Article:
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Remote Engineering

5 Tips for Effective Communication in a Remote Team


Proper communication in a remote team relies completely on online tools. More often than not, you’ll engage in voice chats, video conferences, emails, and messages. But have you been utilizing them in the best way you can?

Regardless of using tools, you must have spent a lot of time waiting for email confirmations, message replies, and whatnot. There are even chances that your work got held due to the dependencies and miscommunication.
So, what can you do to ease your communication pain-points?

To ease some of your communication struggles in distributed remote teams, here are a few essential tips:

1. Use the right tools for effective communication in a remote team.

Choose the right tool depending upon the urgency of your communication. While Zoom is an excellent choice for video conferences, it should not be used to make calls that could have been an email.

You must know the purpose of your communication before choosing your tools. If it is something trivial, Slack can be a good platform. If it’s sprint planning with your team, make Zoom your default tool. The choice of your communication tools must depend on your purpose.

2. Set protocols for calls and video conferencing.

Another way to make your communication effective is by setting ground rules. When working remotely, you will continuously attend calls and video conferences. What you need to remember is everyone there has essential things to do. So, make sure you set your phone to silent and turn off your slack notifications.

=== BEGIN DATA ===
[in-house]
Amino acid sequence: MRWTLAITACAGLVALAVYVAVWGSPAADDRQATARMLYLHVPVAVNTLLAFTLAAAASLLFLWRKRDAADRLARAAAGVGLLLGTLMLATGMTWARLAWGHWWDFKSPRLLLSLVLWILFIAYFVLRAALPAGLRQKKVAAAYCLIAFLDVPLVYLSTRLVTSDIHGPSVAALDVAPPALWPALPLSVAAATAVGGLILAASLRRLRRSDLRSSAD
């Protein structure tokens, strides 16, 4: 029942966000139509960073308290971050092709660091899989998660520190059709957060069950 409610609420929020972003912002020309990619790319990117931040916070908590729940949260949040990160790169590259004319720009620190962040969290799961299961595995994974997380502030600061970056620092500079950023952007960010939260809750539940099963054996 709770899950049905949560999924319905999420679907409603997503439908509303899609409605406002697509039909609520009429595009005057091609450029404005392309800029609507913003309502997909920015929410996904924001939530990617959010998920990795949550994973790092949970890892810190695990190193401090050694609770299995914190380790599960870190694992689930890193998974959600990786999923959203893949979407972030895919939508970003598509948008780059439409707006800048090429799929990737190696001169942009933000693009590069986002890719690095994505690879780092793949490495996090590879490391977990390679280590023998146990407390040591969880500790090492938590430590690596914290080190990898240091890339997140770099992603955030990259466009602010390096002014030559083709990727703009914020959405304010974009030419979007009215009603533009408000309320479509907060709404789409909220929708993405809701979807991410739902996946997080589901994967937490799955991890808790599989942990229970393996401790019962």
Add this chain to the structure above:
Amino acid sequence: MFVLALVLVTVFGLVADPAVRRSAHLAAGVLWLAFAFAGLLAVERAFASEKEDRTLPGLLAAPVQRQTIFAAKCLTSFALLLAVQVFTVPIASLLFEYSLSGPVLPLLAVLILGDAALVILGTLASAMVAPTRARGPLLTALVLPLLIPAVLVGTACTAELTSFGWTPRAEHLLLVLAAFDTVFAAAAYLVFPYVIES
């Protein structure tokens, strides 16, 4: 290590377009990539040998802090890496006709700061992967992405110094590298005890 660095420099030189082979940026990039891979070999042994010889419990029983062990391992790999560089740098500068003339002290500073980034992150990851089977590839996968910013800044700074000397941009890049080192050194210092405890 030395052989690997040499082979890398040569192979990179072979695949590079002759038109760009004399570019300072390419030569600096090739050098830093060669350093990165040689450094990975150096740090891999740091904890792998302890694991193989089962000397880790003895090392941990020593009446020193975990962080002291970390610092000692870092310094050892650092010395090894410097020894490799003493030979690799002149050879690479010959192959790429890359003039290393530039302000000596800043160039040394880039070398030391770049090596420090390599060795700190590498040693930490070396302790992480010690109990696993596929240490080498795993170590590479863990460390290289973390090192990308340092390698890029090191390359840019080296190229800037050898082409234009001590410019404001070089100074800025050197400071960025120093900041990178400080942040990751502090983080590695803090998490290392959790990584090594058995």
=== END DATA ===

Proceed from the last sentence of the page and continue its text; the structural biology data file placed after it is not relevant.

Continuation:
Also, remember to observe their gestures and facial expressions. It reveals more information than words. Hence, we prefer bright rooms for video calls. It is even better if they use their laptops instead of shared devices. This way, you will have a better view of their expressions.

3. Encourage informal communication in remote teams.

If you are managing a remote team, Slack becomes a tool to replace your coffee room conversation. A random “Hi/Hey” can cheer up your remote team. As in a physical office, work doesn’t always have to be serious. Create Slack channels like random for your out of work banters. Keep your remote team engaged. Use emoticons to add life to your conversation and build relationships over “light-hearted jokes”.

4. Plan for timely informal meetups
Monthly, quarterly, or yearly townhall meetings keep your remote team updated about what and whys of your company. But it is also crucial you come together for informal meetups. Go on a holiday with your remote team once in a while. Get to know them better in person.

5. Be engaged. Be noticed.

Your remote team is most likely to feel isolated at times. There can even be cases where they might feel non-existent in the company. To avoid such scenarios, encourage the team to engage, like, or react to comments in Slack or another medium. Urge them to share their thoughts and ideas. Always make them feel like they are a part of the team regardless of the distance.

Communication can get tricky in remote teams. However, you can always optimally utilize the tools and nail your communication game.


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